Despite having passed away in 2003, Alastair Borthwick is yet to be forgotten. He remains a well known and loved writer in Scotland due to his unique style in writing and sense of humor. His service and contribution to World War II are also still remembered. His birthplace is Troon in Ayrshire where he stayed till he was 11 before moving to Glasgow. He dropped out of high school at age 16 and worked as a copytaker for the Evening Times. After a while, he graduated to Glasgow Weekly Herald where he did some activities due to the shortness of staff members. He heard about mountaineering from the newspapers page and became a diehard fan. He wrote most of his experiences while mountaineering in the paper.
After working for Daily Mirror in London, Alastair joined BBC and began his career as a Broadcaster. This was after narrating about his experiences mountaineering and hill climbing in a BBC interview. He was passionate about mountaineering and discussed this in his broadcast. His listeners hit it off with him immediately and saw him as extremely talented. When the war against the Germans arose, he enrolled for it. He was to use the skills he acquired mountaineering. Alastair served many units in Western Europe and North Africa as a private. He was promoted to the second lieutenant and later lance corporal through hard work. His greatest achievement during the war was at the 5th Seaforth Highlanders where he led 600 men against the Germans. They surrounded the enemy camps at night and ambushed them.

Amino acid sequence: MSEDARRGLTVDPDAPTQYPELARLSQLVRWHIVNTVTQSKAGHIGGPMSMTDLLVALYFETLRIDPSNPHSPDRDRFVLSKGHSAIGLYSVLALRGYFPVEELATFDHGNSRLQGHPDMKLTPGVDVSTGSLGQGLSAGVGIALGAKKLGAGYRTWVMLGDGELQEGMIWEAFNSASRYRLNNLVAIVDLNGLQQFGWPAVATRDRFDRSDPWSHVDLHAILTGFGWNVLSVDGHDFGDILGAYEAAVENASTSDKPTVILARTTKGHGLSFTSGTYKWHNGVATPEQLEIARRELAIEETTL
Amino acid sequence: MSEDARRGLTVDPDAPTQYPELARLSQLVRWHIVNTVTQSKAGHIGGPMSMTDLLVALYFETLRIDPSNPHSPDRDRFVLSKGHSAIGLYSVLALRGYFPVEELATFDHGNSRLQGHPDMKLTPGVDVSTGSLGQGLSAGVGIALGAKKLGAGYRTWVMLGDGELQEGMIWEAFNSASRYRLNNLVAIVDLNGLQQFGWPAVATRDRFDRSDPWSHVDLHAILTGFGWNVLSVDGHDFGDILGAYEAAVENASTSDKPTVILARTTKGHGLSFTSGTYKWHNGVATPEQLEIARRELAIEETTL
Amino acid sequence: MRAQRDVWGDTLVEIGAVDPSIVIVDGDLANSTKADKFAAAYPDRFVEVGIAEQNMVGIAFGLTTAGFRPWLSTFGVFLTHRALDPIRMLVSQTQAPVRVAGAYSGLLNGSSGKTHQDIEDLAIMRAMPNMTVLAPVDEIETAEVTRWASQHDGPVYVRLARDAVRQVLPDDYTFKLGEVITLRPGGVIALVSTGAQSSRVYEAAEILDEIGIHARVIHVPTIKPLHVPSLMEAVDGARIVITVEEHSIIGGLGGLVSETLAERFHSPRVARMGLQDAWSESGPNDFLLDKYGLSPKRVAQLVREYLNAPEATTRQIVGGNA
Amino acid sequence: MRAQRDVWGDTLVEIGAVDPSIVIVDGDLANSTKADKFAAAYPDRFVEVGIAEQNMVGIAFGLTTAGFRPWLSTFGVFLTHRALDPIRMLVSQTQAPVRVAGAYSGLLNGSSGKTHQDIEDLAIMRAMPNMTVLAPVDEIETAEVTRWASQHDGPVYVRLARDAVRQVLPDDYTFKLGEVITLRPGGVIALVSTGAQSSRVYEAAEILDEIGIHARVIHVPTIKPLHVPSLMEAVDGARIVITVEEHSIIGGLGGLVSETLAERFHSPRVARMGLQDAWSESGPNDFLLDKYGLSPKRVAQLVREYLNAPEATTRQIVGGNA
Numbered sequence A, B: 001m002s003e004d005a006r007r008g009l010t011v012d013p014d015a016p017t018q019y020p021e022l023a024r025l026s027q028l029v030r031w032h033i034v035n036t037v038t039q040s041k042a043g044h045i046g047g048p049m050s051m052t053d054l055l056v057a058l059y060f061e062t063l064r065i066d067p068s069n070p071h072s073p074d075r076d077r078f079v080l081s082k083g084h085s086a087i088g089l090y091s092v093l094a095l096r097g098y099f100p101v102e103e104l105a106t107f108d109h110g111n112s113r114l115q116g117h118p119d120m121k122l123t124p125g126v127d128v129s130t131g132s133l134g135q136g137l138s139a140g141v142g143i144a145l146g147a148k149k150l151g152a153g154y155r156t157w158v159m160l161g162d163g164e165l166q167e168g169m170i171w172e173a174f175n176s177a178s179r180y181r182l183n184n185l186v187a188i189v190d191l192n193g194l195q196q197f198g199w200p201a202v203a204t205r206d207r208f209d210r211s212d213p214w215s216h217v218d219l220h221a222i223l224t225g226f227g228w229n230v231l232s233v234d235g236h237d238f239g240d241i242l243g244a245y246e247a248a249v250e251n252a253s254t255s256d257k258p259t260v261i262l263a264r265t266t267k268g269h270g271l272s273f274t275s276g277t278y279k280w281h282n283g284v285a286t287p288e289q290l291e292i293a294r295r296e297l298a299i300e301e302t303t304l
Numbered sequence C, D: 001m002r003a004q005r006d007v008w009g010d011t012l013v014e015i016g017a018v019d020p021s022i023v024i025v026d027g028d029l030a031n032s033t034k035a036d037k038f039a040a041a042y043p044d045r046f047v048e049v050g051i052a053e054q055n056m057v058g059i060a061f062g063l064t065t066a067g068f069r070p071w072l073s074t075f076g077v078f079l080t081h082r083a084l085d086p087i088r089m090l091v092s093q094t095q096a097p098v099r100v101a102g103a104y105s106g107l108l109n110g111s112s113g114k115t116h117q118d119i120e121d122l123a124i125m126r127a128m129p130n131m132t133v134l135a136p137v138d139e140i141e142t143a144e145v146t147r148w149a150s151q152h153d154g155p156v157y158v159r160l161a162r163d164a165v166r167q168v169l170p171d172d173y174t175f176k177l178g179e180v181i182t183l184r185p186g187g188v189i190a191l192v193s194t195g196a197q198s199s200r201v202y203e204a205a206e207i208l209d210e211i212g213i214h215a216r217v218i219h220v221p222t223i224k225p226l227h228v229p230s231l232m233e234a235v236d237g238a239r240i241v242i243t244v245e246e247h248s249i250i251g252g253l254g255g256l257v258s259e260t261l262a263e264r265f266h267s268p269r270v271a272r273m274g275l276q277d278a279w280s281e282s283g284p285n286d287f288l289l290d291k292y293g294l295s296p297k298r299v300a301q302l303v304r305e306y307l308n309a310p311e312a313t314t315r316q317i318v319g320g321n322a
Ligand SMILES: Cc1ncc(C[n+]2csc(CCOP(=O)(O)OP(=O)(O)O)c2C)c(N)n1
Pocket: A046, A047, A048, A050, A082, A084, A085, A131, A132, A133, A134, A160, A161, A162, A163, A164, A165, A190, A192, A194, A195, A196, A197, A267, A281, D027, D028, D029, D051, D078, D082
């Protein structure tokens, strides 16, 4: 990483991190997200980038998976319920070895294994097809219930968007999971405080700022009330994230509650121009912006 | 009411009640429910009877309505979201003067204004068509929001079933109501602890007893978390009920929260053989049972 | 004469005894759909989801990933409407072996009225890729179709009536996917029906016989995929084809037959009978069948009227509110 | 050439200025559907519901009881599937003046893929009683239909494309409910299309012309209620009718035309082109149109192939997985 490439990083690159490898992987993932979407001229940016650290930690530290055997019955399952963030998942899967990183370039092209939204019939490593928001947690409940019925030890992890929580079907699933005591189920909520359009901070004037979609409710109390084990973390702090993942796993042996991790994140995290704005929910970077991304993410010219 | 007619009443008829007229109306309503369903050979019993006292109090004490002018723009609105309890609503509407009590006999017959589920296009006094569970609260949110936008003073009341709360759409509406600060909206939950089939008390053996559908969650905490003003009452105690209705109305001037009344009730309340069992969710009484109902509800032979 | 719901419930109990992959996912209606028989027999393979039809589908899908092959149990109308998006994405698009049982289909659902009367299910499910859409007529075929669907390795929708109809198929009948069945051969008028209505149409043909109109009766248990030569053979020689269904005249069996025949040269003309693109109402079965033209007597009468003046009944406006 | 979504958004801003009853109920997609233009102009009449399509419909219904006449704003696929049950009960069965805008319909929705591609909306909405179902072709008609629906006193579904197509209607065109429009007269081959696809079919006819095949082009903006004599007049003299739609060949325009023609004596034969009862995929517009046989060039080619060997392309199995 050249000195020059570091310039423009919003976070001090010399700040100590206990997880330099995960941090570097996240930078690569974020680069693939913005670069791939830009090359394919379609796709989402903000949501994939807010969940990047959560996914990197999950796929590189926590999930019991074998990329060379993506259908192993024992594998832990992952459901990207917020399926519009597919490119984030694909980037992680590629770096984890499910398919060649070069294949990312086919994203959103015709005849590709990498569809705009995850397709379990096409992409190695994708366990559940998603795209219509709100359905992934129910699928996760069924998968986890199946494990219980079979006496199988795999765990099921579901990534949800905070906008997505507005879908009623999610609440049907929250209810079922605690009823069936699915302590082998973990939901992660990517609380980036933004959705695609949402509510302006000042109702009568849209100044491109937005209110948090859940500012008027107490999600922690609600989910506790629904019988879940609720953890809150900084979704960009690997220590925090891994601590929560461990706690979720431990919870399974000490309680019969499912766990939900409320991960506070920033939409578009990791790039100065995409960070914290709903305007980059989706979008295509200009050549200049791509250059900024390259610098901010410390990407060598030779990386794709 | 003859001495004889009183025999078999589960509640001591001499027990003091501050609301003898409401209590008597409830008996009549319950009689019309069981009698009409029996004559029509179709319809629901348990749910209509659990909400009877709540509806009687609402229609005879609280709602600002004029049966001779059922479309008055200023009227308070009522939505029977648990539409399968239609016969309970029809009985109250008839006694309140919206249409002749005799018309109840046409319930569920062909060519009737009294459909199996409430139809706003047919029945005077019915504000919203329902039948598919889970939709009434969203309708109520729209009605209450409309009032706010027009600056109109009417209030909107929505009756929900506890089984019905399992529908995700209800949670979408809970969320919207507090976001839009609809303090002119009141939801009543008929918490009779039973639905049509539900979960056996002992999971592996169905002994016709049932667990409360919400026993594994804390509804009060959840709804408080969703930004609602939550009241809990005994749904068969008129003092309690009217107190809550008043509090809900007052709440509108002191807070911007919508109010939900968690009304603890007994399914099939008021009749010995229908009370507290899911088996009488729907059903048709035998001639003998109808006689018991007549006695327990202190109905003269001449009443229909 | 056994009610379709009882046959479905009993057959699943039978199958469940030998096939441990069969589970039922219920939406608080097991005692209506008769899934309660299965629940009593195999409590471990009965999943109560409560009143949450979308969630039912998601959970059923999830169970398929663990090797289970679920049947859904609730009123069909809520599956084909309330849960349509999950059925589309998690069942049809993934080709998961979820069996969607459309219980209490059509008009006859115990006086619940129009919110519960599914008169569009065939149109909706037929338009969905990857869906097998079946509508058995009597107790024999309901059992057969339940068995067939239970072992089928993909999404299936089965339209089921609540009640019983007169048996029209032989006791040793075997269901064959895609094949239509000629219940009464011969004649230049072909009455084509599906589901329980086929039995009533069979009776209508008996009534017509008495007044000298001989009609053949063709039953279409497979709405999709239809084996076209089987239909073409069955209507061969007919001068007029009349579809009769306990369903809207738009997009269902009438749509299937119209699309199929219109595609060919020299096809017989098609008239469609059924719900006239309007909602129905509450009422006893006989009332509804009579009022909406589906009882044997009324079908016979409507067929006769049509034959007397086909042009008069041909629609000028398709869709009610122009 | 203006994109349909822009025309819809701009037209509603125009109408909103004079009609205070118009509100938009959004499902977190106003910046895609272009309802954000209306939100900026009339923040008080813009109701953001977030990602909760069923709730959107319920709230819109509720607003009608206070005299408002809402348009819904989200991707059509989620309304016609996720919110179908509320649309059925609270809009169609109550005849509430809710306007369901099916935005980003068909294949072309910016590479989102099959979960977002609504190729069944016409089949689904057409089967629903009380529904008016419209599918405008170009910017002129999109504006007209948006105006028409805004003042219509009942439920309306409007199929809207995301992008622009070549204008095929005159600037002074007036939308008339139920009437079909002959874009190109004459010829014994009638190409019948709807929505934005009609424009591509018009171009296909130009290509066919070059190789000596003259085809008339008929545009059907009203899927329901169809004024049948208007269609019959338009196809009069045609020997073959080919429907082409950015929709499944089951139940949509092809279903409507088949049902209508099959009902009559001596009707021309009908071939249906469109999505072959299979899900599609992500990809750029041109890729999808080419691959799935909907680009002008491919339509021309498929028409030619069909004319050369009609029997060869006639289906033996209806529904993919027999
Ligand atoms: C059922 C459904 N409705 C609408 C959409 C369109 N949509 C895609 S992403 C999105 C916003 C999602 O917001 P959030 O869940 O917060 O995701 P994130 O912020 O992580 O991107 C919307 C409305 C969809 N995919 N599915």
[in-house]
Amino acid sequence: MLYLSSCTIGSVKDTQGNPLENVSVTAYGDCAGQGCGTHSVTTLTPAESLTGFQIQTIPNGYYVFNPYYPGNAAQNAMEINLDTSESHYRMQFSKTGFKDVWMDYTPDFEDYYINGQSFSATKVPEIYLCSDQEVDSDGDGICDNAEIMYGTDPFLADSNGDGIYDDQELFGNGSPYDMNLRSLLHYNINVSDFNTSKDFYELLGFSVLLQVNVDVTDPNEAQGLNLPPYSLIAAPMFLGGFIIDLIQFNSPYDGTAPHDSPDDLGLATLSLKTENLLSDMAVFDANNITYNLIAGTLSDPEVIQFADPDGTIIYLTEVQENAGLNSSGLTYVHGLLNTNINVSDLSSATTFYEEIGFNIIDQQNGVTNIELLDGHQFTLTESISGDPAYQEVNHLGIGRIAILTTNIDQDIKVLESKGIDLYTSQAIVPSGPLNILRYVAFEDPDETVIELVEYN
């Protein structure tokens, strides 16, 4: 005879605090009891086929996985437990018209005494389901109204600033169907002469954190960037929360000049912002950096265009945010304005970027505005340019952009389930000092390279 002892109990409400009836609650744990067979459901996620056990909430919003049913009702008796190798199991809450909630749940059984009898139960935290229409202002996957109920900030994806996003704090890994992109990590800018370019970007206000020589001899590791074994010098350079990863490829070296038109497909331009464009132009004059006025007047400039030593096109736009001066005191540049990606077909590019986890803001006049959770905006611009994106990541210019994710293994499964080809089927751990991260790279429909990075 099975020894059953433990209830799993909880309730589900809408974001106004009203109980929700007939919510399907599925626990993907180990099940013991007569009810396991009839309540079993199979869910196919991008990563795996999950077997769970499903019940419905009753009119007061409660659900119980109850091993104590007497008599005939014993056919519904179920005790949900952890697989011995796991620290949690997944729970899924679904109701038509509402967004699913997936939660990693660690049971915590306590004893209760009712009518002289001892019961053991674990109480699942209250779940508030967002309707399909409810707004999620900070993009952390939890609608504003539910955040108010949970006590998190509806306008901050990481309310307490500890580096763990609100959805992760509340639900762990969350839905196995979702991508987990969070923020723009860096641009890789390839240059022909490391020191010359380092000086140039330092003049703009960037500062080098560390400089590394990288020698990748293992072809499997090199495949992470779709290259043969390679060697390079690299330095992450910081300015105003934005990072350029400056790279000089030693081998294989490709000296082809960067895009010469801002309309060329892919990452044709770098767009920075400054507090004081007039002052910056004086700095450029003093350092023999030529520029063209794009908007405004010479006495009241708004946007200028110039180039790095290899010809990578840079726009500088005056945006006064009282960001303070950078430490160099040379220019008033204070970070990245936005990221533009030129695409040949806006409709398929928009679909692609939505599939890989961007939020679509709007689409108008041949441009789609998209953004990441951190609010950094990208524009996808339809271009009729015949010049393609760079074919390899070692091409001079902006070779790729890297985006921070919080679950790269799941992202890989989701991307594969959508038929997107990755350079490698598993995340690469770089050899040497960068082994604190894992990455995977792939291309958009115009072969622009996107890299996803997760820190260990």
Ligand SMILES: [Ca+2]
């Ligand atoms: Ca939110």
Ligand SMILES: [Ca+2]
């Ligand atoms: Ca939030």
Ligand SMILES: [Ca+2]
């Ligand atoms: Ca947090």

Alastair Borthwick success in writing came in 1939 after publishing his book Always a Little Further. The book was based on his adventure field time mountaineering. It also talks about his encounters with different people such as hawkers and tinkers. Common youthful experiences are also told in the book. An example being the journey Alastair took to Ben Nevis in a lorry that had dead sheep. His other book, Sans Peur was also a hit. It recounted the time he spent in the war against the Germans with his battalion. The book received incredible reviews and was later republished in 1994.